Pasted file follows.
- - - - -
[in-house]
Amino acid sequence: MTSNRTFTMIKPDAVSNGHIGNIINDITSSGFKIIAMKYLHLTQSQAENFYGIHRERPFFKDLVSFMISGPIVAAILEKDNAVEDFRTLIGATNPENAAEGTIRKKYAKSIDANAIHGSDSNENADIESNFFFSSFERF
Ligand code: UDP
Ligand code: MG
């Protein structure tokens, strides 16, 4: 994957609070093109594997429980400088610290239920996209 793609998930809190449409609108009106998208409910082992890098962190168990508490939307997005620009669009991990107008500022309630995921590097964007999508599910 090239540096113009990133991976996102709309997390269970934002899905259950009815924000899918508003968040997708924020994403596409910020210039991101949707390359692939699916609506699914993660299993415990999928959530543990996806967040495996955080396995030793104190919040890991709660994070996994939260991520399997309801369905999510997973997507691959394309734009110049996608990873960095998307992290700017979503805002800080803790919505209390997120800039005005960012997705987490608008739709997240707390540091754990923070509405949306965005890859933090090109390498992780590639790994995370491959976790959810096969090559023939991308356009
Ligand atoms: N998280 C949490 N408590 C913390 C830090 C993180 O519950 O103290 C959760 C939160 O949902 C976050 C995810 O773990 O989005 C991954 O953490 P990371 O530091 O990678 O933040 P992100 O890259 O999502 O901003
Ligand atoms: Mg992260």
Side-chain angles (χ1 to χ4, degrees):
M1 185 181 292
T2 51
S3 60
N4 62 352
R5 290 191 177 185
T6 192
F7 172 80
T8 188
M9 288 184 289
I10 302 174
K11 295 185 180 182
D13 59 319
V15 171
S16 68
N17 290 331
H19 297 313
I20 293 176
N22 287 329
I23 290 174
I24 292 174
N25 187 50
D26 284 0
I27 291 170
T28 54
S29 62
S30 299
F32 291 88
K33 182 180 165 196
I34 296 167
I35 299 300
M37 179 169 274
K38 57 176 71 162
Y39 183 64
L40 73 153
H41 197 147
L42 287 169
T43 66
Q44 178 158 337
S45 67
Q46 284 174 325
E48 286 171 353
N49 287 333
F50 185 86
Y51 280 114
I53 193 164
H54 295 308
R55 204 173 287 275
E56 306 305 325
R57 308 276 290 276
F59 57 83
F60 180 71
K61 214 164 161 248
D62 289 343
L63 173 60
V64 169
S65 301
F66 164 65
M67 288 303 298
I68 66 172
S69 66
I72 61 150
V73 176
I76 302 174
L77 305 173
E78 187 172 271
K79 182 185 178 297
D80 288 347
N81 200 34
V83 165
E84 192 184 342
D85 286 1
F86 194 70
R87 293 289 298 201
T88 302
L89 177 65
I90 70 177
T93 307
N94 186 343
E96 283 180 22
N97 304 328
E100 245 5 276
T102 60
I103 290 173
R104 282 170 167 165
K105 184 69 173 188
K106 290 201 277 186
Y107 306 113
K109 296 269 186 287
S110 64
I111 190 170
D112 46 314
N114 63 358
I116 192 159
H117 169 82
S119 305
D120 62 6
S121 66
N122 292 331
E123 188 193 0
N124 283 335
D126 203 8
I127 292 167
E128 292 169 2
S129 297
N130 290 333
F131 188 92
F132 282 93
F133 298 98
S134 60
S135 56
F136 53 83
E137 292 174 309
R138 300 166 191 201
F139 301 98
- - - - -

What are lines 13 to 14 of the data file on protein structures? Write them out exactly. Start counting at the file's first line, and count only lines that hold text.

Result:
R5 290 191 177 185
T6 192